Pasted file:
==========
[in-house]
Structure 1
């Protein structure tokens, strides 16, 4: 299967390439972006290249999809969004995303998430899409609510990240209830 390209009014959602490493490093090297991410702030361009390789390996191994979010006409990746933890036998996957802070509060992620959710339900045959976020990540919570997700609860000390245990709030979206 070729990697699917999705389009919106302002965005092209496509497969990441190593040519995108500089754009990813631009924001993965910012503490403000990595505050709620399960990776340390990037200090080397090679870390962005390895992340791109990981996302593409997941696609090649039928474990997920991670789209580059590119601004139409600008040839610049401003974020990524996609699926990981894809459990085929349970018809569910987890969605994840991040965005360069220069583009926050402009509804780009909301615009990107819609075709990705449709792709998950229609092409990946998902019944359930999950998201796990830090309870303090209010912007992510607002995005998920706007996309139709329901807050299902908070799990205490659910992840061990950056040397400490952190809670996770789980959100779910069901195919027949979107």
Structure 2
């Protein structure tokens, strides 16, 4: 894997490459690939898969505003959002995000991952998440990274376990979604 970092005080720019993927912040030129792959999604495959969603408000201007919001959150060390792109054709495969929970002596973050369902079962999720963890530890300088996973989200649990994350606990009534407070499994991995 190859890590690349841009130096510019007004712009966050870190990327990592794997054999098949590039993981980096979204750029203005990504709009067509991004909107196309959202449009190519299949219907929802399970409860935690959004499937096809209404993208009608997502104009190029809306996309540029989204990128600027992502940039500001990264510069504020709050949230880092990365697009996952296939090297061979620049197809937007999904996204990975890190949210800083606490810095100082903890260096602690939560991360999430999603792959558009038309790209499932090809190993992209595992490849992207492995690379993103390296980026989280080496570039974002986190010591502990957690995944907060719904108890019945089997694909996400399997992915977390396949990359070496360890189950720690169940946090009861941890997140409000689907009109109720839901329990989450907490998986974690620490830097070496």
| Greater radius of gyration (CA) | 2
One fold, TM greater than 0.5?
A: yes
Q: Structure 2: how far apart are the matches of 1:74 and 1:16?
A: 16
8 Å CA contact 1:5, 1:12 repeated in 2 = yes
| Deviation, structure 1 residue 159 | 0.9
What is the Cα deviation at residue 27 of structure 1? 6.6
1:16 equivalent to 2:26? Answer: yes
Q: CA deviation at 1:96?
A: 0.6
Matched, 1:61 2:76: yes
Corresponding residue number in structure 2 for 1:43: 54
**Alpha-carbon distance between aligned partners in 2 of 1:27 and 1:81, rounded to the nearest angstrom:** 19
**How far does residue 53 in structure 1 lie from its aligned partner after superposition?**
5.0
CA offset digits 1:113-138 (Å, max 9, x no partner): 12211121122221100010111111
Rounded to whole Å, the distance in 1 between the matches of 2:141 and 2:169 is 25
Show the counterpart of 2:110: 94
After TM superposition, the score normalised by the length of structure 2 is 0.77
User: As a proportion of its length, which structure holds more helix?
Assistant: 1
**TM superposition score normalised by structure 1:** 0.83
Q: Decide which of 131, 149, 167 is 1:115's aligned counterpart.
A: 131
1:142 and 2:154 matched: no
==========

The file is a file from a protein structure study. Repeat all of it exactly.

[in-house]
Structure 1
């Protein structure tokens, strides 16, 4: 299967390439972006290249999809969004995303998430899409609510990240209830 390209009014959602490493490093090297991410702030361009390789390996191994979010006409990746933890036998996957802070509060992620959710339900045959976020990540919570997700609860000390245990709030979206 070729990697699917999705389009919106302002965005092209496509497969990441190593040519995108500089754009990813631009924001993965910012503490403000990595505050709620399960990776340390990037200090080397090679870390962005390895992340791109990981996302593409997941696609090649039928474990997920991670789209580059590119601004139409600008040839610049401003974020990524996609699926990981894809459990085929349970018809569910987890969605994840991040965005360069220069583009926050402009509804780009909301615009990107819609075709990705449709792709998950229609092409990946998902019944359930999950998201796990830090309870303090209010912007992510607002995005998920706007996309139709329901807050299902908070799990205490659910992840061990950056040397400490952190809670996770789980959100779910069901195919027949979107």
Structure 2
């Protein structure tokens, strides 16, 4: 894997490459690939898969505003959002995000991952998440990274376990979604 970092005080720019993927912040030129792959999604495959969603408000201007919001959150060390792109054709495969929970002596973050369902079962999720963890530890300088996973989200649990994350606990009534407070499994991995 190859890590690349841009130096510019007004712009966050870190990327990592794997054999098949590039993981980096979204750029203005990504709009067509991004909107196309959202449009190519299949219907929802399970409860935690959004499937096809209404993208009608997502104009190029809306996309540029989204990128600027992502940039500001990264510069504020709050949230880092990365697009996952296939090297061979620049197809937007999904996204990975890190949210800083606490810095100082903890260096602690939560991360999430999603792959558009038309790209499932090809190993992209595992490849992207492995690379993103390296980026989280080496570039974002986190010591502990957690995944907060719904108890019945089997694909996400399997992915977390396949990359070496360890189950720690169940946090009861941890997140409000689907009109109720839901329990989450907490998986974690620490830097070496």
| Greater radius of gyration (CA) | 2
One fold, TM greater than 0.5?
A: yes
Q: Structure 2: how far apart are the matches of 1:74 and 1:16?
A: 16
8 Å CA contact 1:5, 1:12 repeated in 2 = yes
| Deviation, structure 1 residue 159 | 0.9
What is the Cα deviation at residue 27 of structure 1? 6.6
1:16 equivalent to 2:26? Answer: yes
Q: CA deviation at 1:96?
A: 0.6
Matched, 1:61 2:76: yes
Corresponding residue number in structure 2 for 1:43: 54
**Alpha-carbon distance between aligned partners in 2 of 1:27 and 1:81, rounded to the nearest angstrom:** 19
**How far does residue 53 in structure 1 lie from its aligned partner after superposition?**
5.0
CA offset digits 1:113-138 (Å, max 9, x no partner): 12211121122221100010111111
Rounded to whole Å, the distance in 1 between the matches of 2:141 and 2:169 is 25
Show the counterpart of 2:110: 94
After TM superposition, the score normalised by the length of structure 2 is 0.77
User: As a proportion of its length, which structure holds more helix?
Assistant: 1
**TM superposition score normalised by structure 1:** 0.83
Q: Decide which of 131, 149, 167 is 1:115's aligned counterpart.
A: 131
1:142 and 2:154 matched: no